San Francisco’s coffee scene’s been in full-on explosion mode since the mid-2000s, bringing with it game-raising techniques and cafe design that have rippled across the entire nation. One might argue that the City by the Bay’s achieved fancy coffee saturation by now—but anyone who knows coffee knows there’s always room for one more.
We’re excited to feature Pinhole Coffee‘s new cafe in Bernal Heights as the latest in our Build-Outs of Summer series. Info on the project comes to us from local coffee community veteran and Blue Bottle Coffee alum JoEllen Depakakibo. The cafe is slated to open in late summer.
As told to Sprudge by JoEllen Depakakibo.
Can you tell us a bit about your new space?
I’m currently building out Pinhole Coffee in the “Neighborhood In The Sky” of Bernal Heights in San Francisco, CA. I started out in the coffee world in Chicago at Intelligentsia in 2003 until 2006 when I moved to San Francisco and started working for Blue Bottle. I was employee number 8 (at least that was my payroll number). I wore a lot of hats in the company (barista, porter, manager, etc). In 2012 and 2013 I had an amazing opportunity to run their NY locations, and from that experience I knew it was time to open up my own thing.
Pinhole takes its name from photography, another of my appreciations. My brother Joey D in Chicago created my logo, and his wife Jen designed my business cards out of a thin strip of walnut–they have a pinhole that you can put over your camera or phone and it creates a pinhole image. I individually hole punch the cards each morning before I start my day.
The building I’m opening up in is from the 1890s. It used to house a butcher shop, and for years after that it was a junk shop, then abandoned until my landlord Lauren Haynes, the owner of Piccolo Plumbing, took it over. Coincidentally I had contacted Lauren to possibly take a look at the plumbing situation of a different space I was considering in the Lower Haight. On the phone she told me that she had a space in Bernal that she wanted to convert into a coffee shop, and I drove up there immediately and had that feeling of “this is the one.”
Currently we are building out the space with hopefully an August opening (hoping for no hiccups to slow down the process). I’m working with amazing architects Ben Frombgen and Joseph Armin of B Cooperative, and I knew Ben from my old Blue Bottle Kiosk (Hayes Valley) days…he used to work upstairs from that space and always connected with the baristi on a human level. In addition, we are working with an amazing contractor, Jason Kotas who knows our building well.
What’s your approach to coffee, service, and people?
The intention for my cafe is beyond coffee. As grateful as I am to have been exposed to amazing coffees, equipment, etc. with the prior companies I’ve worked for, the most important thing that has come into my awareness is the importance of community and how people are an extension of knowledge beyond our own selves. It’s a pretty powerful realization for me, we sustain each other…all the little pieces make up the whole. That’s where I am right now, and I know I wouldn’t be able to build this magical space without all the people mentioned above and for the community of friends, family, neighbors. Once we open that will continue.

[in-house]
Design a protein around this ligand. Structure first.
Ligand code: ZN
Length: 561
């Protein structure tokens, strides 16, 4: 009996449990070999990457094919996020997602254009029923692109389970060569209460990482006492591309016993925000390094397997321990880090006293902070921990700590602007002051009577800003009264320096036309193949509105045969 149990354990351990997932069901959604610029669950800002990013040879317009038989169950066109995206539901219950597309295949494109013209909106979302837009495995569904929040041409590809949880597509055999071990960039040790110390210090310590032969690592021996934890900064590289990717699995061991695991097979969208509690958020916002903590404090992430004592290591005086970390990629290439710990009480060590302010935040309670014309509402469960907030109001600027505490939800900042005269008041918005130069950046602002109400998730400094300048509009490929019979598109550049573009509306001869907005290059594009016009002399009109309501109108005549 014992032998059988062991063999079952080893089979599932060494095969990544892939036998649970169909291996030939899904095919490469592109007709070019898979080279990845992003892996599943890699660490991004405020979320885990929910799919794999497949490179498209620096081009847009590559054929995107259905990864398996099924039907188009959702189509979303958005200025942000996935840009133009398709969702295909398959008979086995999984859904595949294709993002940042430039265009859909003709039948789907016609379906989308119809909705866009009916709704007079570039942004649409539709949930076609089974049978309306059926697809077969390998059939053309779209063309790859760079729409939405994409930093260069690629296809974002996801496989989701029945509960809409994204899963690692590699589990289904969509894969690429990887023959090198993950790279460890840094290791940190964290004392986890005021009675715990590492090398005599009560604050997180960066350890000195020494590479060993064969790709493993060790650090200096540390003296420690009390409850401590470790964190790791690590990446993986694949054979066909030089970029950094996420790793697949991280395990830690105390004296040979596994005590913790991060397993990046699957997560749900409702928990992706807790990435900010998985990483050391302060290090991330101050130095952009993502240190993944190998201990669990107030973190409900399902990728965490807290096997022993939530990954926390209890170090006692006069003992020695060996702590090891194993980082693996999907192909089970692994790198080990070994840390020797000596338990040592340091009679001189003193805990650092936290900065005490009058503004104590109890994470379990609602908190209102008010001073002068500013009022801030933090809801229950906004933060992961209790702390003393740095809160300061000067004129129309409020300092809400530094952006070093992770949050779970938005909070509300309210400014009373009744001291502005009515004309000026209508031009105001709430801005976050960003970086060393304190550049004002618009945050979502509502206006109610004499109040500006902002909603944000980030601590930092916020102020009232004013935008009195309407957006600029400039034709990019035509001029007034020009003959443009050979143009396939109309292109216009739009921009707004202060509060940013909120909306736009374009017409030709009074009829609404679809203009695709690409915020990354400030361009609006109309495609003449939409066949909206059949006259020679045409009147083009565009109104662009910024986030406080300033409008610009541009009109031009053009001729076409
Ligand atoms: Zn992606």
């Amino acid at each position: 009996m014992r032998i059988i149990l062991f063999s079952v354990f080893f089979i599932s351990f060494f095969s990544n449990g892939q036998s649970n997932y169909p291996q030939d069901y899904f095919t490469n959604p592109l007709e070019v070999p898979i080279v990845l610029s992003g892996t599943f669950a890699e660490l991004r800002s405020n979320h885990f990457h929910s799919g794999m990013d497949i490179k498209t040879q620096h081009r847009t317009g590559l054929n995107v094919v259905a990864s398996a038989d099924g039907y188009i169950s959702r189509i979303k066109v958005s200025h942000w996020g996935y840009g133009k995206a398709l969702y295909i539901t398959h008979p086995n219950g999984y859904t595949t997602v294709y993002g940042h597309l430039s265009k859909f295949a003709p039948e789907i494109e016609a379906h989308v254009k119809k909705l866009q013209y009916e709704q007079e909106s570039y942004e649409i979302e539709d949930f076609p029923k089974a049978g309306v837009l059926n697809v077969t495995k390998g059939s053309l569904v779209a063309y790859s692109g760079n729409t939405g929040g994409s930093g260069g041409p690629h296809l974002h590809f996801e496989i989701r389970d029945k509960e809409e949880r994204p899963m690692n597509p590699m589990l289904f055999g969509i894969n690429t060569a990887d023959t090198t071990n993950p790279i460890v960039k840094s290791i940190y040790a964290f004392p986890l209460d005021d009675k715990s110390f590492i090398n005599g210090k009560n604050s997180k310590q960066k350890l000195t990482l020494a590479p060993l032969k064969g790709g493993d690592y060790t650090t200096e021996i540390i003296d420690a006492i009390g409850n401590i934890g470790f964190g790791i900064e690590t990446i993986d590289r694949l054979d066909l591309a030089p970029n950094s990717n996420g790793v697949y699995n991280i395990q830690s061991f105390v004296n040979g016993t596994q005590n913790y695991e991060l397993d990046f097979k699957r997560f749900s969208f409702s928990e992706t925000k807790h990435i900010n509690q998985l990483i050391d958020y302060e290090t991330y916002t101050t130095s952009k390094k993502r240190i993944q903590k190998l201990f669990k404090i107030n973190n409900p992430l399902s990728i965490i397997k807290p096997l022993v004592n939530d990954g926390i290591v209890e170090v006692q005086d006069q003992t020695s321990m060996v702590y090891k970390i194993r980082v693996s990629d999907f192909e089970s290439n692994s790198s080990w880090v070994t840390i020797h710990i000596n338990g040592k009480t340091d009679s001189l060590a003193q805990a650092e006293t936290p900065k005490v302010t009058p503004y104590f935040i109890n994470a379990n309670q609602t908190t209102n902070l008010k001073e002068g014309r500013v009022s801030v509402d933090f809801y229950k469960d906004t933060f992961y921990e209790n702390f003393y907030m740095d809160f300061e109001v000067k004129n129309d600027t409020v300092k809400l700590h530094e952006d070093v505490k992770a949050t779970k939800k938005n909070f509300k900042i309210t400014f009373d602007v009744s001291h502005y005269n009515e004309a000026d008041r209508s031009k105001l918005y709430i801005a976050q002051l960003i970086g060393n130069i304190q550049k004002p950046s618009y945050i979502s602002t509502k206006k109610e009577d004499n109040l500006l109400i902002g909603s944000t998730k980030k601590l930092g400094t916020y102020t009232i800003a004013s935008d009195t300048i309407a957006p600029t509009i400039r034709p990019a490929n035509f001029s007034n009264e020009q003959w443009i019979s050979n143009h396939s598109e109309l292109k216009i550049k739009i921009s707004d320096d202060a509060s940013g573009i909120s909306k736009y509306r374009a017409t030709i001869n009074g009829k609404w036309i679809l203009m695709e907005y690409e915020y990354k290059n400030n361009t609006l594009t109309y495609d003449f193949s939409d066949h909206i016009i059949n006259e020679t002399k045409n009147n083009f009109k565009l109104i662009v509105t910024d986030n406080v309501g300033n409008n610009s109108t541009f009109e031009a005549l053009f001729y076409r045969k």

As far as coffee service, I want to be a playground for different roasters, pastry chefs, etc. I’m starting off with Blue Bottle Coffee, Linea Caffe and Verve Coffee Roasters. My staff will curate the menu for the month and patrons will just chose their brew method. Batch brew from a Fetco, espresso drinks from a 1988 La Marzocco Linea rebuilt by my good friend Nathan Smith. Other brew methods I’m still figuring out–I’m obsessed with brew methods, which you can see on my Instagram, @ristretjo. We’l offer Chemex for couples because it’s classic and I’m starting to really like the Kalita Wave and the GINO Not Neutral glass dripper for single cups. I am also an AeroPress fan, so maybe that’ll be on a secret menu for those that inquire.
You strongly identify with a sense of place. How will you connect your space with its setting in San Francisco?
I’m passionate about historic preservation. This space will have many odes to ol’ San Francisco and ol’ Bernal Heights. I went to our Main Public Library where on the 6th Floor there is a pretty extensive historical library on all the different neighborhoods and districts. I read the whole file on Bernal. Apparently at the intersection of my space there use to be a turn switch for the trolleys that used to travel in that direction. There is an artist, Brian Goggin, who did a collection of sidewalk portal cover art called “Substrata.” One piece called “Switch,” located at Mission and Cortland, nods to our Cortland and Bonview intersection. From 1940-2005, SF used tokens for public transportation–they discontinued it after folks started hoarding them when fares started to go up (tokens were like forever stamps). I acquired a few of them and plan to embed them in my space to trigger folks’ memories, or to introduce them to a time that once was.
Bernal Heights is special. It took me 8 years to discover it, but once I did it was like Pleasantville. Everything was so colorful and special. I think that’s something to say in comparison to how the rest of SF is feeling, but it is good to know that there are still some magical pockets in this amazing city.